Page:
Thursday, February 09, 2006

Thinking Biblically

I read with interest Part 2 of Dr. Rolland McCune's article published on SharperIron today. Both portions are worth reading, but I thought the latter contained some particularly worthy advice. In it, he enumerates several issues that will demand biblical thinking and teaching from pastors in the closing years of the 20th century (he was writing in 1989): the importance of thinking theologically, feminism, divorce and remarriage, abortion, civil disobedience, homosexuality, various bio-ethical issues, and immortality and eternal punishment. McCune's advice:
These are old heresies to be sure, but Fundamentalists must be able to articulate the truth of Scripture on these issues. We can no longer consign them to the thinking of the Modernists. Many Fundamentalists have New Evangelical friends and relatives who are being exposed to these teachings. The Fundamental pastor and leader of today will have to be informed and able to teach the Word of God correctly on these subjects. Mere dogmatism and a string of illustrations will lose the day.

The battle of ideas is a gigantic struggle that demands a thorough biblical education and training. After that there is continuous and arduous study of the Scriptures. These matters are doctrinal issues in the last analysis, and must be met with clear theological and biblical thinking. No amount of hillbilly evangelism or flurry of church activity will make them go away if we Fundamentalists want to be God's messengers to modern man in the 1990s and beyond.
These are wise words. I immediately pondered where a pastor might go for biblical insight on these issues. I only spent about five minutes looking, but I found everything but bio-ethical issues here. In fact just a couple days ago these folks were talking about the eternality of hell here (text). If there really is nothing on bio-ethical issues there, I know you can find it here.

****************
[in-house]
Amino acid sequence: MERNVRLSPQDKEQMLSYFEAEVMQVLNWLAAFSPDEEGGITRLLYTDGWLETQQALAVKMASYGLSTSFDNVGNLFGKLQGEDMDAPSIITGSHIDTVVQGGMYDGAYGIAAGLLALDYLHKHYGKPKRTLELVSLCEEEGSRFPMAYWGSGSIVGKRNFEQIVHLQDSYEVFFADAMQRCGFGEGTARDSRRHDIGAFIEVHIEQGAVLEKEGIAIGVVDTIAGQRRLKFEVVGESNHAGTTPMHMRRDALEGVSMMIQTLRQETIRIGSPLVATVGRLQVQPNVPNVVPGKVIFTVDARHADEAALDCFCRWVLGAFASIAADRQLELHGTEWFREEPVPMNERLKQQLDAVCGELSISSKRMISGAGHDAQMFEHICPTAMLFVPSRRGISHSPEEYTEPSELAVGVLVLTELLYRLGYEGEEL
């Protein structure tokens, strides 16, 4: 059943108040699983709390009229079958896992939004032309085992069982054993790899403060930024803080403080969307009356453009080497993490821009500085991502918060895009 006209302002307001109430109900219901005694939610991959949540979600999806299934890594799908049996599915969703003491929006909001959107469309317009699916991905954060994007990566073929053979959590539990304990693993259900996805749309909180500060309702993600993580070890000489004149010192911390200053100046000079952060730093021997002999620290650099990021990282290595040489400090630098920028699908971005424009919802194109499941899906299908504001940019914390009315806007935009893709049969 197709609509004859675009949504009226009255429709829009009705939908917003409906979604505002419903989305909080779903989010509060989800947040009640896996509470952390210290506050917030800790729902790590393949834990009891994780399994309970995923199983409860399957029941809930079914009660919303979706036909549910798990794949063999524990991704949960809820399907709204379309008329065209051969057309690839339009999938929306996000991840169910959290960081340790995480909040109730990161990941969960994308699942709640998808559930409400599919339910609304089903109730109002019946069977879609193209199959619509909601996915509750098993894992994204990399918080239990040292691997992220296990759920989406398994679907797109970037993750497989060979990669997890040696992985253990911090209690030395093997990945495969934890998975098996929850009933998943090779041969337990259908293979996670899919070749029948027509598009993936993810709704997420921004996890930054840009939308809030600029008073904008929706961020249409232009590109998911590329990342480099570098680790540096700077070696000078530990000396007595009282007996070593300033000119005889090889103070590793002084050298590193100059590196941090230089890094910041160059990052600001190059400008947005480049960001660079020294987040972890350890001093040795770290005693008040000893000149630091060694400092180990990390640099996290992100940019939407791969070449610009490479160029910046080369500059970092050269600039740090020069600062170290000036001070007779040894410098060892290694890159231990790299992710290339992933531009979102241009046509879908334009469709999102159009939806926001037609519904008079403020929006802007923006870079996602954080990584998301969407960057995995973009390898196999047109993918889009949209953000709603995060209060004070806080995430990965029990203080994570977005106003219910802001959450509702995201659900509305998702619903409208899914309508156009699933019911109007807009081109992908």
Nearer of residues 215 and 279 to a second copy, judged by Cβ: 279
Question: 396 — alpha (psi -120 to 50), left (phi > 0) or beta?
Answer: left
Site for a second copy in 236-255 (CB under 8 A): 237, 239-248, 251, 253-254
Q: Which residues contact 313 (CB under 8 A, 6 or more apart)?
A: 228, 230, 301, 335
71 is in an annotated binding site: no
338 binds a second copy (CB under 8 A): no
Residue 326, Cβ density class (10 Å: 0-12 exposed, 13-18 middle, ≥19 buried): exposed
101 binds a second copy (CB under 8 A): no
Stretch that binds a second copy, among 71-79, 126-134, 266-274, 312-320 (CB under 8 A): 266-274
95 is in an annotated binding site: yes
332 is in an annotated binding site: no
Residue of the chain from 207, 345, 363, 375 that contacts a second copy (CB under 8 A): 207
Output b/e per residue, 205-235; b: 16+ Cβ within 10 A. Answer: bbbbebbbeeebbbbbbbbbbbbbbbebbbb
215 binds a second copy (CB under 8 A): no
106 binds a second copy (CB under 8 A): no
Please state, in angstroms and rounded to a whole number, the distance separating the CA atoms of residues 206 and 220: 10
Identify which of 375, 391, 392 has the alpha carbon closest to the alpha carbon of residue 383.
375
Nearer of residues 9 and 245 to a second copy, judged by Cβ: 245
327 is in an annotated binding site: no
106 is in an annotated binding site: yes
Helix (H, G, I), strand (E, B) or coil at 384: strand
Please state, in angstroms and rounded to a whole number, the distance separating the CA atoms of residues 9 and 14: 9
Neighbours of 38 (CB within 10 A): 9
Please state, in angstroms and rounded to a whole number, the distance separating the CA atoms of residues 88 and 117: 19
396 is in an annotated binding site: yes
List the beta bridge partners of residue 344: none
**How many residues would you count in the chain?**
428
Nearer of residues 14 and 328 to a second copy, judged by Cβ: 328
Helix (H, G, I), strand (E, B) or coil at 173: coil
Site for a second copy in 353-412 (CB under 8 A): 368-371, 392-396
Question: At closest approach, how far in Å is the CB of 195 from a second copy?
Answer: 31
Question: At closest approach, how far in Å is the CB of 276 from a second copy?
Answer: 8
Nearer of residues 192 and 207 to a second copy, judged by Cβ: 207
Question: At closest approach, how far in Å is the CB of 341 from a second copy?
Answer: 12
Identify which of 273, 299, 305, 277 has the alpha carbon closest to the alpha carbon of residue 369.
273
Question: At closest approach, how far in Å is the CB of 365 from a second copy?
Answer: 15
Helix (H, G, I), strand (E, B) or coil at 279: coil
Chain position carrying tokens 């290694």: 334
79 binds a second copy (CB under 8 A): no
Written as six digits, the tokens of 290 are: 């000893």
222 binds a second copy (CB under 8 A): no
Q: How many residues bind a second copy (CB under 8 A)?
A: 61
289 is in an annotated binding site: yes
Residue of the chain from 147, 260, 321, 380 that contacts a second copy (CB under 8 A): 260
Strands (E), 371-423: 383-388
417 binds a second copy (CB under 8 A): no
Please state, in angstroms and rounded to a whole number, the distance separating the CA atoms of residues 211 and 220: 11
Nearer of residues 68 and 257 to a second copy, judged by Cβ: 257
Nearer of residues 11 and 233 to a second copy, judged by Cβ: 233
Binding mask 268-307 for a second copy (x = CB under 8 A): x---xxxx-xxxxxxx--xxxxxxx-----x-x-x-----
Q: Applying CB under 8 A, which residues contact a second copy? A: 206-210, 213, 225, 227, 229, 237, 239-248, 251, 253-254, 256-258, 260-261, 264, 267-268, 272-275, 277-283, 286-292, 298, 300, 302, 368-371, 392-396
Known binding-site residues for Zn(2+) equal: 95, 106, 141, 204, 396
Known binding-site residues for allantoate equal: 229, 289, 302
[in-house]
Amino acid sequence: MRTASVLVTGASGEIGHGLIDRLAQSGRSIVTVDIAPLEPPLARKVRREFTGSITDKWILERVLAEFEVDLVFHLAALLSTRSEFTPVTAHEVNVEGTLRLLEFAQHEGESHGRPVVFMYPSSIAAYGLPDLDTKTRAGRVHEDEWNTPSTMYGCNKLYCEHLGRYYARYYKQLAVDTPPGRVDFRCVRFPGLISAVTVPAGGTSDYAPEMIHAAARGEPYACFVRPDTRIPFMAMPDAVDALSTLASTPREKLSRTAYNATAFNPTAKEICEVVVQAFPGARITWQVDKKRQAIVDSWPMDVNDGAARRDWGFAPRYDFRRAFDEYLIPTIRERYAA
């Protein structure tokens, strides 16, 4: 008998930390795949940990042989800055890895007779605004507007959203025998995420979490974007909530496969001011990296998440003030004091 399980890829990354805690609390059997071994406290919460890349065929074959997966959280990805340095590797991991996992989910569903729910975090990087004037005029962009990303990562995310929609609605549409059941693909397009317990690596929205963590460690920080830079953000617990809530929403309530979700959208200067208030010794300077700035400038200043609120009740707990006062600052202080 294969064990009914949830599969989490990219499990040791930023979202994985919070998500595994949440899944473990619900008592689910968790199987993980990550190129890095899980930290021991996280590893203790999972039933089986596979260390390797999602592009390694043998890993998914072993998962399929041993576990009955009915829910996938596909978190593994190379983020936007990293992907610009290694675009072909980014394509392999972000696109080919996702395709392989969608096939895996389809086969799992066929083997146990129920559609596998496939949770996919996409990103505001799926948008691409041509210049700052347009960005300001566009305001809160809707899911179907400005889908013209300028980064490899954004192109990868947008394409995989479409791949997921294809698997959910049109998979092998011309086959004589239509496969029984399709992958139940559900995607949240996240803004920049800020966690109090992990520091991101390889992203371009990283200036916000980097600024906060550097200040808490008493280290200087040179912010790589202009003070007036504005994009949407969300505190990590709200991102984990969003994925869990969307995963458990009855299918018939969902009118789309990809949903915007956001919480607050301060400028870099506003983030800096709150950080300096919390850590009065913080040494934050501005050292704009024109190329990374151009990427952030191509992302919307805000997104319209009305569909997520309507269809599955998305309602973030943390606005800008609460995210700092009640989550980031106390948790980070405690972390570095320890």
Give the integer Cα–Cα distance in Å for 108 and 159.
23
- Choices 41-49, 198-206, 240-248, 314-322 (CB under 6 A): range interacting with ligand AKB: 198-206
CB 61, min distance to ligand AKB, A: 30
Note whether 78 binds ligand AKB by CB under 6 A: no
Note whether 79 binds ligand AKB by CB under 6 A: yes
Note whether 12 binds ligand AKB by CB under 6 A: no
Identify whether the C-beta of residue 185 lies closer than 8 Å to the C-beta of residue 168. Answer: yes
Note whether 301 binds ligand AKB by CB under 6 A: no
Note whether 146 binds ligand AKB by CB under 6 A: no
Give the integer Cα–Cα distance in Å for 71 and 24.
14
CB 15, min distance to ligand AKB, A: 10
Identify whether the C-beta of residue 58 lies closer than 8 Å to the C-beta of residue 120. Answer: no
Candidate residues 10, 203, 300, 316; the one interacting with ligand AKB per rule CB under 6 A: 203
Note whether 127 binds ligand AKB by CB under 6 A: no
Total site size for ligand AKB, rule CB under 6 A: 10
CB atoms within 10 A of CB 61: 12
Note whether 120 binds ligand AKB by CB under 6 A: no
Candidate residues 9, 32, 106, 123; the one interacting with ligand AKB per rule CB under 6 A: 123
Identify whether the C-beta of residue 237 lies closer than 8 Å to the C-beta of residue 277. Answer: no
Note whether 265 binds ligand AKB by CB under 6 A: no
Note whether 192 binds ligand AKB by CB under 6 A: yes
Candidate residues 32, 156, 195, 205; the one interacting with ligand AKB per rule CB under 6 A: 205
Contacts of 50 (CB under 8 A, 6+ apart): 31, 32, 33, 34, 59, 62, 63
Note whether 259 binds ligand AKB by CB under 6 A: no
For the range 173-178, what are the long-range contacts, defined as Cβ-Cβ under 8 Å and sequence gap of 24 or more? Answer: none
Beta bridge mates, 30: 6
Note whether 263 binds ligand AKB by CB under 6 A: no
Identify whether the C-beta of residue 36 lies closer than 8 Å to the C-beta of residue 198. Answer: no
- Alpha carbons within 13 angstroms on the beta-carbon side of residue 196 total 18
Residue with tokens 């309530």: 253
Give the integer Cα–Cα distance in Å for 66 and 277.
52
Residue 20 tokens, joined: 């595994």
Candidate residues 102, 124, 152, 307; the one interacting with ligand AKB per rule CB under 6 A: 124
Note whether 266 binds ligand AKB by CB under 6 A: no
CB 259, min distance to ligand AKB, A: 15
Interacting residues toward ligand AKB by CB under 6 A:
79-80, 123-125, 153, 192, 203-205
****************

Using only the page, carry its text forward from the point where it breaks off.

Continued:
Anonymous said...

Great work Ben. Our minds nearly work as one. If you would put away your non elder rule ecclesiology, you would be more sanctified.

Anyway, when I was reading McCune's thoughts, I was thinking the exact same thing.

When I clicked on the first 'here', I figured it was MacArthur, but that Mohler had stuff on bio-ethics.

How great is that.

Special props to Mr. McCune for encouraging us to consider the thoughts of fellow fundies, like Dr. MacArthur and Dr. Mohler.

Ben said...


I do not know which is more disturbing to me:

(1) That we think this much alike.
(2) That I've become this predictable.

Having known each other for some time, we've been through this before, but for the record, I would believe in elder rule except for the fact that I occasionally read the New Testament. For that reason, I believe in multiple elder/pastor/overseer-led congregational rule. If you were to read the NT, you would see congregational authority in church discipline, selection of deacons, examination of theological controversy, and likely the selection of elders as well.

Regardless, I'm sure it does not escape you that the reports of the demise of elders as an issue were premature.